</root>
  </log4net>

 

NOTES:

If you already have a "configSections" entry, just add the new key to that section

How To Fix Web Service Negotiate Login Errors Using C#



TODO:

Have you ever had an issue calling a web service due to the fact that you need to provide credentials to the service?  The below example calls a web service that has an API level user / pass, and also a network user / pass.

 

SOLUTION:

ServiceApi.API api = new ServiceApi.API();

//API Credentials
ServiceCredentials credentials = new ServiceCredentials();
credentials.Username = "user";
credentials.Password = "password";

//Creds, for 401. challenge
System.Net.CredentialCache cc = new System.Net.CredentialCache();
System.Net.NetworkCredential creds = new System.Net.NetworkCredential("user", "pass", "domain");
cc.Add(new Uri("https://webservice.url"), "Negotiate", creds);
api.Credentials = creds;
            
string result = api.GetResultscredentials);

 

NOTES:

Replace the first user / pass with your web service password.  Replace the second set of user / password with your network user / password.

How To Round A Decimal Down To The Nearest Whole Number Using C#



TODO:

Have you ever wanted to round a number down to the nearest whole number using C#.  Example:  14.789 rounded down to 14

 

SOLUTION:

Math.Truncate(14.789)  //produces 14

 

NOTES:

There are no notes on this topic.

How To Download A File From A Document Library Using The SharePoint Client Object Model



TODO:

Have you ever wanted to download a document from a document library using the SharePoint client object model?

 

SOLUTION:

using SP = Microsoft.SharePoint.Client;

//class and code go here

string saveLocation = "C:\\Temp\\";

//SET YOUR ITEM HERE!!!!!!
SP.ListItem item = null;

using (SP.FileInformation fileInformation = SP.File.OpenBinaryDirect(put your context here, (string)item["FileRef"]))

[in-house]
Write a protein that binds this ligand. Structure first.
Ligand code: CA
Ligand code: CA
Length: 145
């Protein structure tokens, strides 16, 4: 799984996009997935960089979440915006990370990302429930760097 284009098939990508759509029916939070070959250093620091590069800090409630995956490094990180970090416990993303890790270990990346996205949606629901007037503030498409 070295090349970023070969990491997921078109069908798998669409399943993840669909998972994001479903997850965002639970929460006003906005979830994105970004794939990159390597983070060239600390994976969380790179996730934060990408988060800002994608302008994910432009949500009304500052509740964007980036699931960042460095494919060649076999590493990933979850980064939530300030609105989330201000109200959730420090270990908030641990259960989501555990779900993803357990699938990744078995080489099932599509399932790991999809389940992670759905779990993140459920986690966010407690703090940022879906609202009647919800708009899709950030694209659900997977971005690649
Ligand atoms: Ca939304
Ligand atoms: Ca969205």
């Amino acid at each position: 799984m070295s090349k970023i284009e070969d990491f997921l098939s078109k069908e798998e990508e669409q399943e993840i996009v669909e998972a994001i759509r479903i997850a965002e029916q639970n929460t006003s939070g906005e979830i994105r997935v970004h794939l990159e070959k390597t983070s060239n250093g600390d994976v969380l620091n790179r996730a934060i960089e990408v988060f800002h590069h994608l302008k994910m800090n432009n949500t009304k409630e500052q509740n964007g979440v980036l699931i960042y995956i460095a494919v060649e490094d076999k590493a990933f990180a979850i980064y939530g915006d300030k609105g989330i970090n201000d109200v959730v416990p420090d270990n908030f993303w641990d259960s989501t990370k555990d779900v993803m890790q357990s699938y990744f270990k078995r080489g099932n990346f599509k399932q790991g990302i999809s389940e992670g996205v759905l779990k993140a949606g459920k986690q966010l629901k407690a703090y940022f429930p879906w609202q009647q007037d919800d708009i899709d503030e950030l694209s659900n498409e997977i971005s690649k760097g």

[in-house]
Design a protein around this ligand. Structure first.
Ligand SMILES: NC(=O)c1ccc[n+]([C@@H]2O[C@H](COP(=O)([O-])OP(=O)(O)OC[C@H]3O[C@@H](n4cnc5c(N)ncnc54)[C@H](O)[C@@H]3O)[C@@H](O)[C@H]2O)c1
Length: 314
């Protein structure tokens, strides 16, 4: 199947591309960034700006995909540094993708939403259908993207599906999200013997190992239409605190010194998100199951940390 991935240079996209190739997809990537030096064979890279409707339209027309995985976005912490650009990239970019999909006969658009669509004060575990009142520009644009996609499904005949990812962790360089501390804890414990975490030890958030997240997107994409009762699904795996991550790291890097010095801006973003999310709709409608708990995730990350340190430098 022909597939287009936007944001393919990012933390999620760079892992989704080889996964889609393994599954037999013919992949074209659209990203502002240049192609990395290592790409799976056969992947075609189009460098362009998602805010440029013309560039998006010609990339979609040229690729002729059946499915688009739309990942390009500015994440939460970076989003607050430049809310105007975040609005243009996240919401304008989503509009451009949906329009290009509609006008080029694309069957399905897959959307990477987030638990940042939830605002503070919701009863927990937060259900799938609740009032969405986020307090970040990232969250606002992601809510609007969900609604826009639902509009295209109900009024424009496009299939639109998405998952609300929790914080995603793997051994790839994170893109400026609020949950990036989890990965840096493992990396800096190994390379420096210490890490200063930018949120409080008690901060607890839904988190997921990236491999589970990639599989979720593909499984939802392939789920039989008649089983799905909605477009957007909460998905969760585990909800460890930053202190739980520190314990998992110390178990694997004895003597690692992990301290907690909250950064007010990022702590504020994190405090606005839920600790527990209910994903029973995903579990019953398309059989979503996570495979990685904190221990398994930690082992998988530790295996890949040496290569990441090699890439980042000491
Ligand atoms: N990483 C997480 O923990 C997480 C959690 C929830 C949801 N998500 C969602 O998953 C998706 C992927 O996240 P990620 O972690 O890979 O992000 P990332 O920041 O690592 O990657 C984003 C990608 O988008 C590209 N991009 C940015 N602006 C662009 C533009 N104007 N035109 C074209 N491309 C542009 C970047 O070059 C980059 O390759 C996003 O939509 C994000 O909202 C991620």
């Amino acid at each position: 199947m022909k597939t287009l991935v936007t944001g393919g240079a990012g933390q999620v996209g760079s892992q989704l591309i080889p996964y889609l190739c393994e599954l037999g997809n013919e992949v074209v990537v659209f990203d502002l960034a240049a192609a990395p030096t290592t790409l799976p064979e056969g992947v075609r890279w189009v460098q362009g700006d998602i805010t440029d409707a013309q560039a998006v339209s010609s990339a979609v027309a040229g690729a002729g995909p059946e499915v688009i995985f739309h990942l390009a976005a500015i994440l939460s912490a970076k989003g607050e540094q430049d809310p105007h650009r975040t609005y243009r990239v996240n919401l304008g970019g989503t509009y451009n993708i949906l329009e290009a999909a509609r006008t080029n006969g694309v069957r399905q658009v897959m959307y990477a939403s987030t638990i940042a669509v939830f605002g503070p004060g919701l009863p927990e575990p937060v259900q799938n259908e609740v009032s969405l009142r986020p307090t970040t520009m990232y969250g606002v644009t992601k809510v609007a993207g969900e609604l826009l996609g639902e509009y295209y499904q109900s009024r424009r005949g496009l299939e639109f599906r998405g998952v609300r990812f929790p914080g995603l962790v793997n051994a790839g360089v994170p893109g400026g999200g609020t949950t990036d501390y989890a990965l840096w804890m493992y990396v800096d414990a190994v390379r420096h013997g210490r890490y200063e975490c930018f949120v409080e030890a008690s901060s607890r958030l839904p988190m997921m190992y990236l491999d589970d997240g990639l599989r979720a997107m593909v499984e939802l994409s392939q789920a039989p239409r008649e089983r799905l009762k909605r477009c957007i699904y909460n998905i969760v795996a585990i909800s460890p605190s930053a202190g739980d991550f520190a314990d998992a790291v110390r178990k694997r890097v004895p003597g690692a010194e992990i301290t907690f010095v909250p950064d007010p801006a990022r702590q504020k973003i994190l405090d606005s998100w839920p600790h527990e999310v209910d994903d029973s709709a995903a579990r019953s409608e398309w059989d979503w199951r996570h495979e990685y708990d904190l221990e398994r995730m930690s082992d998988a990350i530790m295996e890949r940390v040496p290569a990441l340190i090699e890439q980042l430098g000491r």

{
     string fileName = (string)item["FileRef"];
     fileName = string.Concat(saveLocation, fileName.Substring(fileName.LastIndexOf("/")+1)); //get the name of the file based on last '/'

     //now save it
     using (System.IO.FileStream outPutFile = System.IO.File.OpenWrite(fileName))
     {
          fileInformation.Stream.CopyTo(outPutFile);
          fileInformation.Stream.Close();
     }
}

 

NOTES:

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How To Zip A Directory Using C#



TODO:

Have you ever wanted to zip an entire directory using C#?

 

SOLUTION:

using System.IO.Compression;

//class and other code here...

//zip the entire directory
//parameter 1 is the directory to zip
//parameter 2 is the resulting zip file
ZipFile.CreateFromDirectory(directoryToZip, zipFilePath);

 

NOTES:

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How To Open Explorer To A Specific Directory Using C#



TODO:

Have you ever wanted to launch explorer from your C# application to a specified directory?

 

SOLUTION:

using System.Diagnostics;

//class and other code goes here...

//set your location here
string explorerLocation = "C:\\Temp\\MyLocation";

//open the location
System.Diagnostics.Process.Start(explorerLocation);

 

NOTES:

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How To Get The Text Value Rather Than The HTML Value Of A MultiLine ListItem Using SharePoint Client Object Model



TODO:

You have a multi-line field in a list.  When you get the value, it comes back as HTML when you reference it as item["field"].  To get the text, rather than the HTML, you need to do the following.

 

SOLUTION:

//put at top!!!
using SP = Microsoft.SharePoint.Client;
 
//put inside class !!! 
SP.ListItem targetItem = null;
//todo, set your targetItem = to the item you want.
 
using(ClientContext clientContext = new ClientContext("http://your.url.goes.here"))
{
     var itemFieldValues = targetItem.FieldValuesAsText;
     clientContext.Load(itemFieldValues);
     clientContext.ExecuteQuery();
}
string fieldTextValue = itemFieldValues["My item Title"];

 

NOTES:

There are no notes on this topic.